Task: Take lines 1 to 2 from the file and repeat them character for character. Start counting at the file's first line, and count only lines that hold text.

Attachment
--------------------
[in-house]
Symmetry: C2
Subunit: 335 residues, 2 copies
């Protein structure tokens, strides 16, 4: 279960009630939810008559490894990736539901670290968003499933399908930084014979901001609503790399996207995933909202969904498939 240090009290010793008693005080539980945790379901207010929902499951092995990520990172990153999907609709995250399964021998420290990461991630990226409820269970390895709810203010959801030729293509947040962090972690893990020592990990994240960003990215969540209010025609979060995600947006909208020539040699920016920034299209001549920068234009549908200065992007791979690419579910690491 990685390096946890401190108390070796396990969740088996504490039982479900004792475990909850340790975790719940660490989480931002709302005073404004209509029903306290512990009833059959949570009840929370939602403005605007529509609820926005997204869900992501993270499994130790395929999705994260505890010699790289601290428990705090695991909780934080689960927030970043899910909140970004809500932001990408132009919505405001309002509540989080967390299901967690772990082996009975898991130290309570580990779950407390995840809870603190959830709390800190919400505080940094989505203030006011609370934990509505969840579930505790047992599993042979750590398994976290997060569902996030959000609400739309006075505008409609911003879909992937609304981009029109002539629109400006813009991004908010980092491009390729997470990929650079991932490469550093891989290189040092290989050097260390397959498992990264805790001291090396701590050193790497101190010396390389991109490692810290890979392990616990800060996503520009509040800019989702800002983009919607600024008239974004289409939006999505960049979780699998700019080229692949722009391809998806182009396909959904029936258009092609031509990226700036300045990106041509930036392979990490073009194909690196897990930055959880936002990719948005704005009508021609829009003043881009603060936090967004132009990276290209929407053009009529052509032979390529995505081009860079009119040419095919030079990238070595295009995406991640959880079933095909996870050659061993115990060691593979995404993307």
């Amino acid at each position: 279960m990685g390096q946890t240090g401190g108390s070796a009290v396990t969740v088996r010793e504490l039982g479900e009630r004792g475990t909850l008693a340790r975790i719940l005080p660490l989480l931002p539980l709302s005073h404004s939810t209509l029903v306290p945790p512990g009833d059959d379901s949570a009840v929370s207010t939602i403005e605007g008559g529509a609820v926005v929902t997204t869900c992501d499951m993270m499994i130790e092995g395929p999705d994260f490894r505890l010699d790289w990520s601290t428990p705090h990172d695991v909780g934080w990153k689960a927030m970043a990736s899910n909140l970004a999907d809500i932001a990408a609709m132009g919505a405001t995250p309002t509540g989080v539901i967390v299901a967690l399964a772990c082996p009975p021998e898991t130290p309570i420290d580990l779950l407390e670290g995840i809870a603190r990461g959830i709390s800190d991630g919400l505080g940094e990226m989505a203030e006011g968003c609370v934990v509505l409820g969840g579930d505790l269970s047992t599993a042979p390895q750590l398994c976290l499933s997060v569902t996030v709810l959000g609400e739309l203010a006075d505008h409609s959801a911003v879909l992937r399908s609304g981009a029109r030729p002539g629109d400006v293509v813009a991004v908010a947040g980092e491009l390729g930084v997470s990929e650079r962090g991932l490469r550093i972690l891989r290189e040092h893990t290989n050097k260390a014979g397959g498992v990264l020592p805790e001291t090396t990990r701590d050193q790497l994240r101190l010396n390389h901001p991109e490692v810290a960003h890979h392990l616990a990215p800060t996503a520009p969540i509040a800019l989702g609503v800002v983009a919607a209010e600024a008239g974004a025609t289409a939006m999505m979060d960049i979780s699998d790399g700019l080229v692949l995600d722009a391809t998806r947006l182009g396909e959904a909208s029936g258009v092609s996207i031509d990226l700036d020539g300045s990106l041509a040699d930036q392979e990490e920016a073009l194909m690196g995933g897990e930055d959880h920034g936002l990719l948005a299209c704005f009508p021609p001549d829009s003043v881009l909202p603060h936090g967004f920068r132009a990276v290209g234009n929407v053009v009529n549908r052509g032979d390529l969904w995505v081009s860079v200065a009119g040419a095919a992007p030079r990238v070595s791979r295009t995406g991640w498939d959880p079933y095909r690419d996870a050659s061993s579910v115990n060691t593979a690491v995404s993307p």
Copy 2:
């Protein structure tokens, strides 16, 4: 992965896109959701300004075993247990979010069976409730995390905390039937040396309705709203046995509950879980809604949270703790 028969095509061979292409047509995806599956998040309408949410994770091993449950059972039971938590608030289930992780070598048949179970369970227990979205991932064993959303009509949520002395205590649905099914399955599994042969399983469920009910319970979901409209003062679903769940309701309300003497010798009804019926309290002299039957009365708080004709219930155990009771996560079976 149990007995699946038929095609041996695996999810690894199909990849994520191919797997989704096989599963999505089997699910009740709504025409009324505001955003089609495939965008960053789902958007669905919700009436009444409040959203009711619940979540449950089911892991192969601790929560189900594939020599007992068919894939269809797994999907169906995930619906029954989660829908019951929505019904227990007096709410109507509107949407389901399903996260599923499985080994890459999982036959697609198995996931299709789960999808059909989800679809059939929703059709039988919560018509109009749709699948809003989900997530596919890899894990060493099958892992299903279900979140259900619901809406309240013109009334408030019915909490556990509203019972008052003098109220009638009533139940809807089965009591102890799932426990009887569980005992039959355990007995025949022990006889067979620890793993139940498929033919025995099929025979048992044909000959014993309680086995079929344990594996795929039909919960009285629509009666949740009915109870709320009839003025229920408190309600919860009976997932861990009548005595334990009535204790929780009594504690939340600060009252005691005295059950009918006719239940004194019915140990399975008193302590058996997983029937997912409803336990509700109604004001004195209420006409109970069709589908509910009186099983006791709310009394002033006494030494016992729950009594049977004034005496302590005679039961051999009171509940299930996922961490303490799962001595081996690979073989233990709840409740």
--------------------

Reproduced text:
[in-house]
Symmetry: C2